Many of them either had kept or actually increased their giving during the economy.  Most were focused on “safety net” issues, but not all. Some did remind readers that arts and culture organizations need funding as well.   Many emphasized the importance of giving locally, of helping those in their own home communities or the communities in which their employees/customers worked.  And the importance of demonstrated impact continued to crop up as an important factor in their decision to support various organizations.  These are all themes we hear repeated again and again, but it was encouraging to see such a diverse range of community leaders reinforce them in such a way.

So what’s the lesson here?

Nonprofits – are you paying attention?  You want to know what’s motivating donors to give?  Here it is right here!  Go read this article.

Get into the habit of being in regular conversation with your donors, especially your major donors.  Fundraisers should be able to link their ask to a donor’s passion.  And the only way we’re going to know that is by listening.  “Why do you feel so strongly about helping others in need?”  “Why is it so important to you to help our local community stay vibrant and strong?”  If you look at the questions posed in The Post article, you should have a general answer for each of those questions for each of your top-level donors.  Imagine the tailored impact you could have, the truly meaningful conversations that could take place if you understood what was driving your donors!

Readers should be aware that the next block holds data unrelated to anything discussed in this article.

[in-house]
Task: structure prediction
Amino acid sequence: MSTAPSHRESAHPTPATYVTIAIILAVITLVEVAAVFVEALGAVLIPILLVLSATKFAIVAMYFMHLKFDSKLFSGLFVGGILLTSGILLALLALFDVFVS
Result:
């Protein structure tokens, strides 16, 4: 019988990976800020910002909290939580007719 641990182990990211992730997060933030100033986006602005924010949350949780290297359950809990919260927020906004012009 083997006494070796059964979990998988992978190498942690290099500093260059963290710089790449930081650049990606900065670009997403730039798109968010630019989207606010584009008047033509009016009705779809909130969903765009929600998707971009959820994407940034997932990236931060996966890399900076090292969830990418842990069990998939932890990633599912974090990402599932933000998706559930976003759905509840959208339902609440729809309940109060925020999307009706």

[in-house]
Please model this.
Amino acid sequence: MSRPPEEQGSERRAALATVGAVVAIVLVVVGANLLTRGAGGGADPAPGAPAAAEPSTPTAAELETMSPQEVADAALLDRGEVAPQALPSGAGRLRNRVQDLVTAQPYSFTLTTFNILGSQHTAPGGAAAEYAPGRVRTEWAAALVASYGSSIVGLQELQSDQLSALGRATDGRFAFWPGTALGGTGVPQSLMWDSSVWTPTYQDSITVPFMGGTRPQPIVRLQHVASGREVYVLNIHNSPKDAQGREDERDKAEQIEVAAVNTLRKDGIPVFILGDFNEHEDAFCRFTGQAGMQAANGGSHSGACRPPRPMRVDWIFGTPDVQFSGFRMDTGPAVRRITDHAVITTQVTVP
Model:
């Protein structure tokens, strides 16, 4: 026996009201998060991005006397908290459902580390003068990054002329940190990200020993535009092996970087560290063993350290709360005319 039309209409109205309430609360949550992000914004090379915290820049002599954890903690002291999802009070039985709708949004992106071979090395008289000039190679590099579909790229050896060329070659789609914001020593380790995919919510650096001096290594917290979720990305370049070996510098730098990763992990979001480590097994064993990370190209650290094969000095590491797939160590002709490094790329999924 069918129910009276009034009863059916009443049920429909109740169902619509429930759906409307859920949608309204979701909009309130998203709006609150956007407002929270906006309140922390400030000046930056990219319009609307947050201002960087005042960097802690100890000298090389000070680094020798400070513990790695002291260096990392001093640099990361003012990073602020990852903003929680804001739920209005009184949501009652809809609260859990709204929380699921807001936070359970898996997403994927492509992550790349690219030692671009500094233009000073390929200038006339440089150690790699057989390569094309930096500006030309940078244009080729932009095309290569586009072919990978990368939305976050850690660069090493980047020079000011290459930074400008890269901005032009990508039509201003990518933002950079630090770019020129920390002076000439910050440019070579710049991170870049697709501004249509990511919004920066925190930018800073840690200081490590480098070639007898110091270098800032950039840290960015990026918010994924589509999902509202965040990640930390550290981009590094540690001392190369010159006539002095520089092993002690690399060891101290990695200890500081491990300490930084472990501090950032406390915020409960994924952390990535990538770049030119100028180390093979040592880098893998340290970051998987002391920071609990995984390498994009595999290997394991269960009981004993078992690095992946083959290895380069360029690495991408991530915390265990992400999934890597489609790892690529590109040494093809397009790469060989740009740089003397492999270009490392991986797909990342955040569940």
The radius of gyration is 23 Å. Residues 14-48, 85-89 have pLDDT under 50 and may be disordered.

Have a look.  What lessons do you take away from this piece?  Let us know what you think.

The Washington Post – On Giving 2011

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It’s giving guide season!

It’s November.  That means it’s the season for holiday giving guides and spotlights on philanthropy.

This month, the Community Foundation for the National Capital Region, in partnership with the United Way of the National Capital region and Razoo , hosted the very first Give to the Max for the Washington Area.  It was a tremendous success, with more than 17,000 people participating, resulting in more than $2 million in contributions to hundreds of organizations.  The event energized many nonprofits to get creative, especially in areas of social media.  Among those, For the Love of Children (FLOC) raised nearly $87,000 in that single day, and Little Lights Urban Ministries made their mark by bringing in 729 donors through the event.

Late in October, the 2011-2012 edition of the Catalogue for Philanthropy was released.  This compendium of nonprofits from throughout the Washington, DC area serving a wide range of constituencies provides interested donors a highly targeted mechanism through which they can participate in thoughtful philanthropy.   Other publications such as the Charity Choices DC-Area Guide, and the Post 200 spotlight on charities and associations on November 7th, all bring the needs and accomplishments of the nonprofit sector to the attention of the general public.